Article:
When I meet with patients to discuss hormone optimization and wellness, I often recommend supplementation of specific nutrients after review of their lab results and symptoms. Some may wonder “Why do I need to take supplements?” or “Why can’t I get all my necessary nutrients from food?”. These are valid questions! Multiple factors can contribute to this need for supplementation, as discussed below.
Unfortunately, one of the biggest factors is poor food quality. As our soil becomes depleted from over-farming, erosion or lack of soil fortification, or farmers use higher-yield crops, our food quality suffers. A comprehensive study on the topic by researchers at the University of Texas was published in 2004 in the Journal of the American College of Nutrition1. This study reported that over the last 50-70 years, nutrient content in 43 different vegetables and fruits in the US declined by 5-40%. A similar study of British nutrient data from 1930 to 1980 found that in 20 vegetables the average calcium content had declined 19%; Iron 22%; and potassium 14%2. These studies are somewhat dated, but many researchers agree that the data is still applicable today. A second factor contributing to the need for supplementation is poor food choices. Most of us implicitly know how to eat healthfully, but it is easy to get derailed from following through with our best intentions. Stress, financial issues, fatigue, overscheduling resulting in less time to shop/cook are a few factors that contribute to this, and numerous other reasons play a role. Certain health conditions can also contribute to the need for supplementation. For example, pernicious anemia is a condition in which the digestive tract is not able to absorb Vitamin B12. Genetic factors, such as MTHFR gene mutations that reduce the ability of the body to activate folic acid to a usable form by the human body, are another example. Alcohol excess and certain medications also can reduce the body’s nutrient levels. Chronic use of alcohol often causes inflammation in the gastrointestinal tract, reducing the intake of nutrients. Common medications such as diuretics, beta-blockers, cholesterol-reducing drugs, acid blockers, blood sugar reducers, and antibiotics can deplete the body of certain nutrients with long-term use. Given that approximately 23% of the US population is taking more than 3 prescription medications (CDC data, 2011-2014), it is very important to consider the nutritional implications of pharmaceutical agents. Stress, environmental toxicity, smoking, and other miscellaneous factors certainly increase nutrient needs as well.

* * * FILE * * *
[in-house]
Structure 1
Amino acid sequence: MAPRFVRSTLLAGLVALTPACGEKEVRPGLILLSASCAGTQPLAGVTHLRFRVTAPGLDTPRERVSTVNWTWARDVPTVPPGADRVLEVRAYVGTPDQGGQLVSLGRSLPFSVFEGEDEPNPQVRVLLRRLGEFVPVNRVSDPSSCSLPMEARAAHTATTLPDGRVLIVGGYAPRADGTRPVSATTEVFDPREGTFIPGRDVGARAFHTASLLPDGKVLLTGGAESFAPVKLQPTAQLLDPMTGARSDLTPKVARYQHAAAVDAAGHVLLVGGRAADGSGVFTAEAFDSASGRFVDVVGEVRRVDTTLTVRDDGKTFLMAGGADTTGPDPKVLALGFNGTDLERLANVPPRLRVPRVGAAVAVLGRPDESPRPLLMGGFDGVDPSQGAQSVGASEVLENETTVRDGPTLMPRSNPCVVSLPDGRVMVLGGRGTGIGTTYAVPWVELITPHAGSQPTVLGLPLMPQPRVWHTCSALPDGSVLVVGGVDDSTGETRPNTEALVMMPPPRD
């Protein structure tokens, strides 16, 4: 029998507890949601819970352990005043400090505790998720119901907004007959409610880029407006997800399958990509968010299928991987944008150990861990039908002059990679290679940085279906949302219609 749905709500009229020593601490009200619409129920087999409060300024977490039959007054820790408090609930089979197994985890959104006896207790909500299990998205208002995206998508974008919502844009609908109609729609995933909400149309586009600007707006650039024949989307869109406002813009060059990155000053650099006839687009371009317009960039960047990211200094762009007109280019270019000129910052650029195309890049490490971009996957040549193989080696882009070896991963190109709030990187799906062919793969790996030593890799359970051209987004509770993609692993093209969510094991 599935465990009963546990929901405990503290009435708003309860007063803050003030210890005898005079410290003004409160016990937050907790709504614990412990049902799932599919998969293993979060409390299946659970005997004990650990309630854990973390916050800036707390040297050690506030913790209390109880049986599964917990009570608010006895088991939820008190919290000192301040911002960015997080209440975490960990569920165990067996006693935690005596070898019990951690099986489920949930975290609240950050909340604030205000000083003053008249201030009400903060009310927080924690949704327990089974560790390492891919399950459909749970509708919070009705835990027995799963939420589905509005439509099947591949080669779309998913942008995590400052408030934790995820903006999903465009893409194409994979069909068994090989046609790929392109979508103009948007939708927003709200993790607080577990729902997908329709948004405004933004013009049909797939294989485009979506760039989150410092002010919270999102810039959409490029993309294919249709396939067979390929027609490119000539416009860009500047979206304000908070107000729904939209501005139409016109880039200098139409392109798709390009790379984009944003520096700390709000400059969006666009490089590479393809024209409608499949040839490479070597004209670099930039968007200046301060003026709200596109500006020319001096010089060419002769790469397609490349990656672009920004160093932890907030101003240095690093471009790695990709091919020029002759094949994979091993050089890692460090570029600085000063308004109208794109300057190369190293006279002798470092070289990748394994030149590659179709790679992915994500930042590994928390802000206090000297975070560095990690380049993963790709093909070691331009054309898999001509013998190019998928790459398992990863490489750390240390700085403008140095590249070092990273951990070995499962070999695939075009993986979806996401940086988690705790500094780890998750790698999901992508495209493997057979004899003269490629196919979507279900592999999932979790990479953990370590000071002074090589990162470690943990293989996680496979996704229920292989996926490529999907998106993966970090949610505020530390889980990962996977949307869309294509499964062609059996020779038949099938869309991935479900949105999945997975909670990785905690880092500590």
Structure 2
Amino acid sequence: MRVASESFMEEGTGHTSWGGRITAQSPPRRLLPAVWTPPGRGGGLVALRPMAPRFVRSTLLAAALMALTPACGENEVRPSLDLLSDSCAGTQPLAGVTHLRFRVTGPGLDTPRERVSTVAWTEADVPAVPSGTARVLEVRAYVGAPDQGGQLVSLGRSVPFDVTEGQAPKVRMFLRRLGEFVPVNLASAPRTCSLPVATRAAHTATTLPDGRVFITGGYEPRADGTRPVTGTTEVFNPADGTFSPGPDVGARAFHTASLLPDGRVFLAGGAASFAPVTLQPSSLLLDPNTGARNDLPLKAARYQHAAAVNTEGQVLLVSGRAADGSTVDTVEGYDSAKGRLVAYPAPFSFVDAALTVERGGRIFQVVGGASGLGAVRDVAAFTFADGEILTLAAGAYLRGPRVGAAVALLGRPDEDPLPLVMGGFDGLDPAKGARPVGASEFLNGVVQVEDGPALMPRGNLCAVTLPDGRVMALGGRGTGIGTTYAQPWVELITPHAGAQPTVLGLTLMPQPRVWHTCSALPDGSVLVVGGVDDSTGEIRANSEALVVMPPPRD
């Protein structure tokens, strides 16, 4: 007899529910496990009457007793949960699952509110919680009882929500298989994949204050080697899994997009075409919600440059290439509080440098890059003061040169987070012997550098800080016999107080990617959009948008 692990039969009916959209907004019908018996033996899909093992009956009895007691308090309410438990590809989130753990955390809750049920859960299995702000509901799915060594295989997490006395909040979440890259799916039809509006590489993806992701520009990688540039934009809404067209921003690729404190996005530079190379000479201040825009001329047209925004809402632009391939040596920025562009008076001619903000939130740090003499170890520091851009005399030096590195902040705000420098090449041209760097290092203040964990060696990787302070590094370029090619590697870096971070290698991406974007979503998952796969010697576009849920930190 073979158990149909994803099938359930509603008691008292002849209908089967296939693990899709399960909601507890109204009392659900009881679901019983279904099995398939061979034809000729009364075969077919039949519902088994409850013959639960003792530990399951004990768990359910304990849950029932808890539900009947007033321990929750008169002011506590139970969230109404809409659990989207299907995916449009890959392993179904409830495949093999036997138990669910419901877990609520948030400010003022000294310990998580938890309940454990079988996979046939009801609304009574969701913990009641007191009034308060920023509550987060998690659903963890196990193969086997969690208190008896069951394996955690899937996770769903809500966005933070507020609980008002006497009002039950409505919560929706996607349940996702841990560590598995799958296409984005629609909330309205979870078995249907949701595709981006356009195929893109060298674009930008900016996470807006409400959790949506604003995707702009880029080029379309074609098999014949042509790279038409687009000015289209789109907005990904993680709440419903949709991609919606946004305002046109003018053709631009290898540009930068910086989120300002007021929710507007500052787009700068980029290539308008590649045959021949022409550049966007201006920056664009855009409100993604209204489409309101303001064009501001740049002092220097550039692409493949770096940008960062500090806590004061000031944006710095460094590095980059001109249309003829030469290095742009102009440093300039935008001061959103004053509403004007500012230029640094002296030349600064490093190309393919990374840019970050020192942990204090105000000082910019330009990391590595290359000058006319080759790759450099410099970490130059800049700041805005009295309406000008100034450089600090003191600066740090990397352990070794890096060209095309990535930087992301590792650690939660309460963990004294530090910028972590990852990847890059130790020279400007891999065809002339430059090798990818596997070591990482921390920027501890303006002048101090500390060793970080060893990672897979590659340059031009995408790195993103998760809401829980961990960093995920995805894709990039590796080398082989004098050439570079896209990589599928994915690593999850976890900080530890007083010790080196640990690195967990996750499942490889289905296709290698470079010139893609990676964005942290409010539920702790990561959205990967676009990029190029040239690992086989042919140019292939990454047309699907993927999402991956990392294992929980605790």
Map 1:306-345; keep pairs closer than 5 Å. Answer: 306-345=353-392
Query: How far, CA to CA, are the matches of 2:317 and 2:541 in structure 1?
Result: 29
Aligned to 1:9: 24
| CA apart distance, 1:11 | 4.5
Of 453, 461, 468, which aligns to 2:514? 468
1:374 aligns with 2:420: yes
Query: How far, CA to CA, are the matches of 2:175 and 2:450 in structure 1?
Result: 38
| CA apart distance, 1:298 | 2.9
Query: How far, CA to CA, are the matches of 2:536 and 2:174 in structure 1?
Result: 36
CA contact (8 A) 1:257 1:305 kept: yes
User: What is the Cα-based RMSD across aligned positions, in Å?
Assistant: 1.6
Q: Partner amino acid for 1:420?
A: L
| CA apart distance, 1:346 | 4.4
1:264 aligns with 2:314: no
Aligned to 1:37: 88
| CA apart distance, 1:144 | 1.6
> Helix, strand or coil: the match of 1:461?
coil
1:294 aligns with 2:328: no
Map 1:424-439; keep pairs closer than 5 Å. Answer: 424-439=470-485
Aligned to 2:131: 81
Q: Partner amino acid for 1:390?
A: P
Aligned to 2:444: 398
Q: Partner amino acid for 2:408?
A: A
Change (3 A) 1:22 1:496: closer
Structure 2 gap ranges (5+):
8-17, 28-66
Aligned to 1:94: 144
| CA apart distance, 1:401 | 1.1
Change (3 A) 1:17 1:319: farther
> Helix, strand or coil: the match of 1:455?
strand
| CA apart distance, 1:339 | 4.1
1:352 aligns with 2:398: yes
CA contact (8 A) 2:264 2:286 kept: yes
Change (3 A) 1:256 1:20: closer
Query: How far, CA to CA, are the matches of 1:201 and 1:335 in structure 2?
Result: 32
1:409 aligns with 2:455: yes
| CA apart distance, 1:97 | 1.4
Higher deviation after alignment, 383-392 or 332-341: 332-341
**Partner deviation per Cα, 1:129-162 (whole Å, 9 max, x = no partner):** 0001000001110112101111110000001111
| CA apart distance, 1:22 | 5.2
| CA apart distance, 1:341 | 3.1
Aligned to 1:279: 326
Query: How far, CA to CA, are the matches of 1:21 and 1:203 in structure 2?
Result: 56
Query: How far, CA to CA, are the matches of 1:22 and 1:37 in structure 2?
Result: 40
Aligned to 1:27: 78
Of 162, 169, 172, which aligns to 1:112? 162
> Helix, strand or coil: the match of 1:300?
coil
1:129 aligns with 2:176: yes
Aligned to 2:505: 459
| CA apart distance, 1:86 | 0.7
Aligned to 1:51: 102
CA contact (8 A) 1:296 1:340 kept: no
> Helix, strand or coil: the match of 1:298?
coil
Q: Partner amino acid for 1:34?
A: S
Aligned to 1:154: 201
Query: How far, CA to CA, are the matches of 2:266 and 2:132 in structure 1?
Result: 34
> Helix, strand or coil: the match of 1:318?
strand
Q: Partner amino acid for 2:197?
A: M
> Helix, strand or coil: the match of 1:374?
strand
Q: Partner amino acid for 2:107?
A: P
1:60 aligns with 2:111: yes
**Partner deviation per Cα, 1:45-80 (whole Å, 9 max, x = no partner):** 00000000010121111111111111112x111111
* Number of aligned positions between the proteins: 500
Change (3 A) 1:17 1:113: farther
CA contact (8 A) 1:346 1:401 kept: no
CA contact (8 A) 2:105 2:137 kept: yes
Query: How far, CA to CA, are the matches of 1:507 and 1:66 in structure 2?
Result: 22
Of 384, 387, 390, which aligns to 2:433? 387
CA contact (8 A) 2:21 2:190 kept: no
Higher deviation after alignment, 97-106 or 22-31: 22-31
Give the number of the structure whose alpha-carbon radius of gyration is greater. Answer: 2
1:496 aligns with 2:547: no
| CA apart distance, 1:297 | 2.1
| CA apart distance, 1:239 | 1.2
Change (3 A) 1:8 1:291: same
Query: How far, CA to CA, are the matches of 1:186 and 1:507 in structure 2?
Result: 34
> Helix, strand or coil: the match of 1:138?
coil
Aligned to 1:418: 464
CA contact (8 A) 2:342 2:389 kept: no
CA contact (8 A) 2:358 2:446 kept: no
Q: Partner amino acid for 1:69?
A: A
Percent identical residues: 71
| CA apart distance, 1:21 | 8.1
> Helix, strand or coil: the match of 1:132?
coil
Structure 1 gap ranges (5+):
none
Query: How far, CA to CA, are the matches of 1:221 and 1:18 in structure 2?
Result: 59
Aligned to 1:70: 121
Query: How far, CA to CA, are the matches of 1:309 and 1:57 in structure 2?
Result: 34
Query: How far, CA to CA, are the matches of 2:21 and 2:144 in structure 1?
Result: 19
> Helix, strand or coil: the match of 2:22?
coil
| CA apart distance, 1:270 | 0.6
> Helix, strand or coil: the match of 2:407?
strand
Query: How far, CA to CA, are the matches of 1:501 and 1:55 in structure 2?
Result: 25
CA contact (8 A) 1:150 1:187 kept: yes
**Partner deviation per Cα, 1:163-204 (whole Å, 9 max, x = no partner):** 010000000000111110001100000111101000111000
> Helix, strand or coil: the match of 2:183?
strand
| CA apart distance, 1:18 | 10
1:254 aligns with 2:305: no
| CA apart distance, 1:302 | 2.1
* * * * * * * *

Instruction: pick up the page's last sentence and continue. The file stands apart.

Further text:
As you can see, there are many diverse reasons that supplementation is often warranted. When choosing supplements, it is very important to choose a quality product that contains the appropriate types and levels of nutrients. We will dive into this more in future blog posts and also will discuss the role of individual nutrients in maintaining optimal health and wellness. Stay tuned!
1R Davis, Donald & D Epp, Melvin & D Riordan, Hugh. (2004). Changes in USDA Food Composition Data for 43 Garden Crops, 1950 to 1999. Journal of the American College of Nutrition. 23. 669-82.
2Mayer, Anne-Marie. (1997). Historical changes in the mineral content of fruits and vegetables. British Food Journal. 99. 207-211.